Apple chip woes will end, but US-China supply chain war just starting


The semiconductor chip shortage is old news, but when the second-largest public company in the history of the U.S. stock market says it just left $6 billion in potential sales on the table as a result of limited chip supply — as Apple just did — it reinforces why the U.S. economy needs to rethink how it sources its semiconducting technology so that doesn’t happen again. This short-term supply chain phenomenon will pass, but tech executives and policy advisors say the future may be one of even larger, longer-term supply chain shocks. A shift from decades during which the largest companies benefitted from a manufacturing model in which “designed in California” and “assembled in Asia” was king needs to occur to shore up the supply of key components.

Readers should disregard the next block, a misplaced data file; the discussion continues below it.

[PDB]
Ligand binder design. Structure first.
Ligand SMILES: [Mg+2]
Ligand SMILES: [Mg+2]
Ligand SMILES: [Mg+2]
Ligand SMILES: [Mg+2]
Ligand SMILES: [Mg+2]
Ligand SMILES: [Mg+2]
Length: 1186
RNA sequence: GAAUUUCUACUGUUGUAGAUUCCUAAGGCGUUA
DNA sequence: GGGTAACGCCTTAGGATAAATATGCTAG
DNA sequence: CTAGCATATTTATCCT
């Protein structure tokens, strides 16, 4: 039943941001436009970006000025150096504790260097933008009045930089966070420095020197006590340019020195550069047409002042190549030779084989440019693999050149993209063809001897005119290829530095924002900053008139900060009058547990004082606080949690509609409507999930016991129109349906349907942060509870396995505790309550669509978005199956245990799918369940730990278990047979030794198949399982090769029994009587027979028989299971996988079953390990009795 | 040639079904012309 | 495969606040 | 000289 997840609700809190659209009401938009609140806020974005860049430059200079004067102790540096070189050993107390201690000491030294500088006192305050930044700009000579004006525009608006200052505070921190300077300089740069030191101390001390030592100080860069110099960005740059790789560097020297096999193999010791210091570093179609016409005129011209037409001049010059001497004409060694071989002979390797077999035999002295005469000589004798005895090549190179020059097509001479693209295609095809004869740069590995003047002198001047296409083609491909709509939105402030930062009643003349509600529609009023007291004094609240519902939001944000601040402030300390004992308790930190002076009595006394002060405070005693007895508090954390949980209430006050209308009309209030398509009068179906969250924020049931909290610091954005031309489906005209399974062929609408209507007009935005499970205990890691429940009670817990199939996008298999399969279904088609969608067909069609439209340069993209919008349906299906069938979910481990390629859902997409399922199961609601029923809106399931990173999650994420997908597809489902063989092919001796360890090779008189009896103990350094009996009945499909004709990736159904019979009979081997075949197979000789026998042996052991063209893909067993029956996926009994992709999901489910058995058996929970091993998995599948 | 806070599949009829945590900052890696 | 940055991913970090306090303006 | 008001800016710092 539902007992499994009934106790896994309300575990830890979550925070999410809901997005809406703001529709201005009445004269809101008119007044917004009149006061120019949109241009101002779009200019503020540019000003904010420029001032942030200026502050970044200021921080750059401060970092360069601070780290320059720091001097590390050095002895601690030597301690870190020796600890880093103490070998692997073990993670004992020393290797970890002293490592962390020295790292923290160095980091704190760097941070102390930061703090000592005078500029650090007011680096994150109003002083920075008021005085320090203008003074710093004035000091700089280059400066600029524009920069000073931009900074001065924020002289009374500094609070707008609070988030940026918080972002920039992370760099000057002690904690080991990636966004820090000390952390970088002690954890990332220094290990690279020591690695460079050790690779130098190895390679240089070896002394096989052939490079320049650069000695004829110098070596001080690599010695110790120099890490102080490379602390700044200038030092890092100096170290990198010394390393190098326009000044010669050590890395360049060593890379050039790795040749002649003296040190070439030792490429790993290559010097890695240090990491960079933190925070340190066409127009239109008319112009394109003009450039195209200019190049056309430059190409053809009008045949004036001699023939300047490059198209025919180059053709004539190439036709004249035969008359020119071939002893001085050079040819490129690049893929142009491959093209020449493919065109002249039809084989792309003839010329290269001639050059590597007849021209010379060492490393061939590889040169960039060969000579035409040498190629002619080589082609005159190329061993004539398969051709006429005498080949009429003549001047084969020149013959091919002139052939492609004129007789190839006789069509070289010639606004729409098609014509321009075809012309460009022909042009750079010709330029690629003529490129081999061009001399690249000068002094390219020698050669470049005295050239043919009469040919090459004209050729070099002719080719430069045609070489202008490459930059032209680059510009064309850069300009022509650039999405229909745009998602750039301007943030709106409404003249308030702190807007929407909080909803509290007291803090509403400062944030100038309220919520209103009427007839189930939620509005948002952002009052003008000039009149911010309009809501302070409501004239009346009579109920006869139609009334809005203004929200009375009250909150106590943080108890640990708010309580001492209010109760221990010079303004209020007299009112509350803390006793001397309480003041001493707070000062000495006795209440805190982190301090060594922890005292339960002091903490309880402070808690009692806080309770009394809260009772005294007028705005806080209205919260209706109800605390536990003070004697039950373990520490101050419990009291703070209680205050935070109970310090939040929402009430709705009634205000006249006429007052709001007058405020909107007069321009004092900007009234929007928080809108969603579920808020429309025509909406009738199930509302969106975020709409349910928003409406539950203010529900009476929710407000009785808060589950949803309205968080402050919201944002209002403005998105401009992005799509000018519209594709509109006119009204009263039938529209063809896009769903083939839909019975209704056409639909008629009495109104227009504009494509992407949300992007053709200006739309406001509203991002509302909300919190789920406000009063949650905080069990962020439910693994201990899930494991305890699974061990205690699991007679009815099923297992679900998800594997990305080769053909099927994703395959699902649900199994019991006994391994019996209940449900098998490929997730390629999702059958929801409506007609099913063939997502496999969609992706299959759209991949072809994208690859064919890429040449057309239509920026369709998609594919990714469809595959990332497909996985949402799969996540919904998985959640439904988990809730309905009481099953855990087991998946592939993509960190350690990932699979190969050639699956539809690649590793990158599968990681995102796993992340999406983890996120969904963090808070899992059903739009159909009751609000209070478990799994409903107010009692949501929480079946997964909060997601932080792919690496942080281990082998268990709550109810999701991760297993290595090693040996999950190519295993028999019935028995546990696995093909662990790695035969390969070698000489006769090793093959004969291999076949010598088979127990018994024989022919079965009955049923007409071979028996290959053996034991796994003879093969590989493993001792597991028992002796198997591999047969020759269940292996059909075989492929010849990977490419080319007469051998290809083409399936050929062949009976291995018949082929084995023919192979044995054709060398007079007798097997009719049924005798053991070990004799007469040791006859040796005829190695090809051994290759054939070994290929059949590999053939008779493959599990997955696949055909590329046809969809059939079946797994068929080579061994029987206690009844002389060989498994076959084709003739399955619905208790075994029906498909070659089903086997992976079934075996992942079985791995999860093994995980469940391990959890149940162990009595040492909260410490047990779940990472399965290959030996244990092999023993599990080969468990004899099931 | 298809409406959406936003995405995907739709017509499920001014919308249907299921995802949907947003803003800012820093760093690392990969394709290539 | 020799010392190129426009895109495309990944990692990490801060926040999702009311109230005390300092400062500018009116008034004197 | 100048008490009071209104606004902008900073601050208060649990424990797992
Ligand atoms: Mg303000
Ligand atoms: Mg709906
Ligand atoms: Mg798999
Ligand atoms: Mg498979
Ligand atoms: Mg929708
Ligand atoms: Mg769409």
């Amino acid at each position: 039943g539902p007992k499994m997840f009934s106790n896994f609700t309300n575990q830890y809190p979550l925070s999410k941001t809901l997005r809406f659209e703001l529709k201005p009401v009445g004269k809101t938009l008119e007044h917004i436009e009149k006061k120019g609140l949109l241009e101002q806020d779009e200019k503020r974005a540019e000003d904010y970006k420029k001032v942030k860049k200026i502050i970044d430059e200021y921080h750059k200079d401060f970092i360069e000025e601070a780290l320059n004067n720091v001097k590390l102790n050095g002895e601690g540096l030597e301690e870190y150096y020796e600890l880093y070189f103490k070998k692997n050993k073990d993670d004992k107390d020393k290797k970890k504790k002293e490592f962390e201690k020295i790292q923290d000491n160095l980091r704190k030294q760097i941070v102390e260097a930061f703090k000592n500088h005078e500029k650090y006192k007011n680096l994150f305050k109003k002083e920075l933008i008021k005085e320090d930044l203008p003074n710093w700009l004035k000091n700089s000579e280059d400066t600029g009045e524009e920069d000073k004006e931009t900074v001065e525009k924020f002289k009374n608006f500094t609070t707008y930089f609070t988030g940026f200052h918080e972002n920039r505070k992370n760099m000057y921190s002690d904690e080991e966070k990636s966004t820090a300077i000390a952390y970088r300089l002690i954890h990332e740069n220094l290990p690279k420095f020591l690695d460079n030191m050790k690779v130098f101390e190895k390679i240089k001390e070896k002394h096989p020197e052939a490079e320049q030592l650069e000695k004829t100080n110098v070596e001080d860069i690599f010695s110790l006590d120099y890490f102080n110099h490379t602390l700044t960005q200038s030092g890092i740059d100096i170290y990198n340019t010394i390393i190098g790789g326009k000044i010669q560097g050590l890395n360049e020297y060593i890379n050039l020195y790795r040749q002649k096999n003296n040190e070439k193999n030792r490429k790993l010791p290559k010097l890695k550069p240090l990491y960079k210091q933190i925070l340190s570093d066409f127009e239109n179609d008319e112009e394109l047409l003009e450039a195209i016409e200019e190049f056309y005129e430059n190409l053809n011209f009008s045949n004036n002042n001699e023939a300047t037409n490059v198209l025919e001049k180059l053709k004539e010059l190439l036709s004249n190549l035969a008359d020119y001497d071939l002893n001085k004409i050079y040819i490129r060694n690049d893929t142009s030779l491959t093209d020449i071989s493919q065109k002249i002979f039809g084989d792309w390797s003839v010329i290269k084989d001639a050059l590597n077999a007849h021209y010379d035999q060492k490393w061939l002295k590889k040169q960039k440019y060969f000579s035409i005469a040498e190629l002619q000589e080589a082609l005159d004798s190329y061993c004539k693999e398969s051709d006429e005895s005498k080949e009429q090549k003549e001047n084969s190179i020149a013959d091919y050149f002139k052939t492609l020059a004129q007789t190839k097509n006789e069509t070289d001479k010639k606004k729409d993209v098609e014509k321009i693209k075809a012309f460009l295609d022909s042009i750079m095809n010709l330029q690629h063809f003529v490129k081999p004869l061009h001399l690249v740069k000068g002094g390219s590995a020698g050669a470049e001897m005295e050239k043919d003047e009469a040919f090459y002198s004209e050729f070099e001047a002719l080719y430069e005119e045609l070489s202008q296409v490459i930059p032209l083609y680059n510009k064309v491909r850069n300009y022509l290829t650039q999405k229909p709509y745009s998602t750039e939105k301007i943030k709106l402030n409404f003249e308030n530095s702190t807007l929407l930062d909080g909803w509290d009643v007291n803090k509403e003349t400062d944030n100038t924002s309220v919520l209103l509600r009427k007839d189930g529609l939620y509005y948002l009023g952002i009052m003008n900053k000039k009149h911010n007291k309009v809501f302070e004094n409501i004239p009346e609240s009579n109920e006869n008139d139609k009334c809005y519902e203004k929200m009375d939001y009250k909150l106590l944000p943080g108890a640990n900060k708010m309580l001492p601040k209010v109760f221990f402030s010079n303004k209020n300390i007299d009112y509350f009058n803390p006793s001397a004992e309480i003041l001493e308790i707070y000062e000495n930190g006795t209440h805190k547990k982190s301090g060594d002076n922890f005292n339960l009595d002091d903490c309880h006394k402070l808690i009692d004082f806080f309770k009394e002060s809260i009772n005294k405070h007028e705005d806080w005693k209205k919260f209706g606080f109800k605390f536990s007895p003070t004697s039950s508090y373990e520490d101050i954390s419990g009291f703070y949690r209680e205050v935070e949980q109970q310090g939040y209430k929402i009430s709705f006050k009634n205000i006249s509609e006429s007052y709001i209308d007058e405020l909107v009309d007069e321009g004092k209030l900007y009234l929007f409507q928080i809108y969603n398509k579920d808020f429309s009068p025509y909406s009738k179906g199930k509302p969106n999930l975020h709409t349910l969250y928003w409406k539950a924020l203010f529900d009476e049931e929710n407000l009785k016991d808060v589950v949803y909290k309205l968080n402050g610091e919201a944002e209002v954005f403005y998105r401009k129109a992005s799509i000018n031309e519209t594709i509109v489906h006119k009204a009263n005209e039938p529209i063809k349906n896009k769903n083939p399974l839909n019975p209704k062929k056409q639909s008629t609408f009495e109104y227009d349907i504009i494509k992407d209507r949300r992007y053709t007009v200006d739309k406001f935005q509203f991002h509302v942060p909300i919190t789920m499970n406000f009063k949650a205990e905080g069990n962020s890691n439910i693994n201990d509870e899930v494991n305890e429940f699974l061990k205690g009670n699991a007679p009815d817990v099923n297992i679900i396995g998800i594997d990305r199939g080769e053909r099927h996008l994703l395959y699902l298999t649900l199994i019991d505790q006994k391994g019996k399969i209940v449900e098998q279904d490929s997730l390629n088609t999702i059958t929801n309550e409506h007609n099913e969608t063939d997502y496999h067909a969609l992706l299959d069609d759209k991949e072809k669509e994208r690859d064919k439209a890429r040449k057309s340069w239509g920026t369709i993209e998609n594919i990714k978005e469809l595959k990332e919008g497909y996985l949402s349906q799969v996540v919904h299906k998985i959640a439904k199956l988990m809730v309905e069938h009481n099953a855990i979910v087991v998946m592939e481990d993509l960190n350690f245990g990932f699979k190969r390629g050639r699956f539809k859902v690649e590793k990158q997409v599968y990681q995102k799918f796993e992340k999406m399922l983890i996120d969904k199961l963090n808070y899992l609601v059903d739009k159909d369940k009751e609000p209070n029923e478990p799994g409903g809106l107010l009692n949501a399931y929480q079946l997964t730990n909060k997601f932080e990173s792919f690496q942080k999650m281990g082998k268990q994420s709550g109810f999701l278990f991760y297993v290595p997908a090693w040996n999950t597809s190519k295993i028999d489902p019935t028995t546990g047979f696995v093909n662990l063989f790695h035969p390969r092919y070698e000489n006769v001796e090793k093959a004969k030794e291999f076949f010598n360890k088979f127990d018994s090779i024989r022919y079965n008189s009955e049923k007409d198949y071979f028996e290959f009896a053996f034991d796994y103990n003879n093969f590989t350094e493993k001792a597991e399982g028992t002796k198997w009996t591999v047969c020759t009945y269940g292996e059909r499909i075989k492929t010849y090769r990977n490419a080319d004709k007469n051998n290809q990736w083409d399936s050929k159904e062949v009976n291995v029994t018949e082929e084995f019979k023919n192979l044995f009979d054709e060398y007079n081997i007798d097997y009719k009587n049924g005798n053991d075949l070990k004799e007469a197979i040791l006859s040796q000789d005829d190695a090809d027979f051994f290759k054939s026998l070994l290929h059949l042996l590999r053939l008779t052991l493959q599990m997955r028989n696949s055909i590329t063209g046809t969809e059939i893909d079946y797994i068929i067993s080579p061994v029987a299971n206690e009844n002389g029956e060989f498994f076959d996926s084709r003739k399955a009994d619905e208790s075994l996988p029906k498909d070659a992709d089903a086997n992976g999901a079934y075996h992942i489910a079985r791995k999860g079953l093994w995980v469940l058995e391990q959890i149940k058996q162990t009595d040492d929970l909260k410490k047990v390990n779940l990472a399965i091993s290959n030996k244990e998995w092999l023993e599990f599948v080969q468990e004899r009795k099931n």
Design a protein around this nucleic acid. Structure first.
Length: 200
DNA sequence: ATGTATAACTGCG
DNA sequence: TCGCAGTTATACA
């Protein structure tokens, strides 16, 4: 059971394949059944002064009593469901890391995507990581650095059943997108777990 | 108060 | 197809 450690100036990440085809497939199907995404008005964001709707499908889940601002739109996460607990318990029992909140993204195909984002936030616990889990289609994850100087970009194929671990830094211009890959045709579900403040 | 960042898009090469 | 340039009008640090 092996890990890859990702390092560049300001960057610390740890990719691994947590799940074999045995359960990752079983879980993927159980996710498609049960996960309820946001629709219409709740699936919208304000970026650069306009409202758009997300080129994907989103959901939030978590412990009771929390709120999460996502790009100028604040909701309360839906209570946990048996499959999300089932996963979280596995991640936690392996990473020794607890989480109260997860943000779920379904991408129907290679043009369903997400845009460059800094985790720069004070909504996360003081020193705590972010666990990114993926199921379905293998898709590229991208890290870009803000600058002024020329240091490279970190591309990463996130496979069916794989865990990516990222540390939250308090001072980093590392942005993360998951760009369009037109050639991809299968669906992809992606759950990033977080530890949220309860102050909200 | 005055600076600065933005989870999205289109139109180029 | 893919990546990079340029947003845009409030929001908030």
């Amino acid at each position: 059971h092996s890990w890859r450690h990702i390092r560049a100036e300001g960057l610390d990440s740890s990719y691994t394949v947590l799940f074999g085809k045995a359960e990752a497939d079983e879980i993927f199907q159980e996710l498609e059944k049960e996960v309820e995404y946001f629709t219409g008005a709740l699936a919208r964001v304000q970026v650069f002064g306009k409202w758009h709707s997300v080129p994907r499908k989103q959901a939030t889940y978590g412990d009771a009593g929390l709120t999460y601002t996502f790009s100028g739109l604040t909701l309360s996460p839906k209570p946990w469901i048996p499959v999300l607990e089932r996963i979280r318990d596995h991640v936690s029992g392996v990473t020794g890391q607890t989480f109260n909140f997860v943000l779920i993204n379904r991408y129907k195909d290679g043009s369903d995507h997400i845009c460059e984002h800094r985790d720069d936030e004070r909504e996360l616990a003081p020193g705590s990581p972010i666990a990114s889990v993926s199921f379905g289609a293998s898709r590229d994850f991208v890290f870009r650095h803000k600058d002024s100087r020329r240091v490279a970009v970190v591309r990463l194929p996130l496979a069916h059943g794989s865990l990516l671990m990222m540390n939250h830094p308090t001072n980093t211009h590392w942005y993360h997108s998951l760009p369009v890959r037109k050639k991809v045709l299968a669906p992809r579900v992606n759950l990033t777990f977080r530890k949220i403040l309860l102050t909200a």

From $2 trillion Apple to $1 billion lidar sensing technology marker Ouster, the supply chain policy of industry and government needs to change.

Mark Frichtl, co-founder and chief technology officer at…

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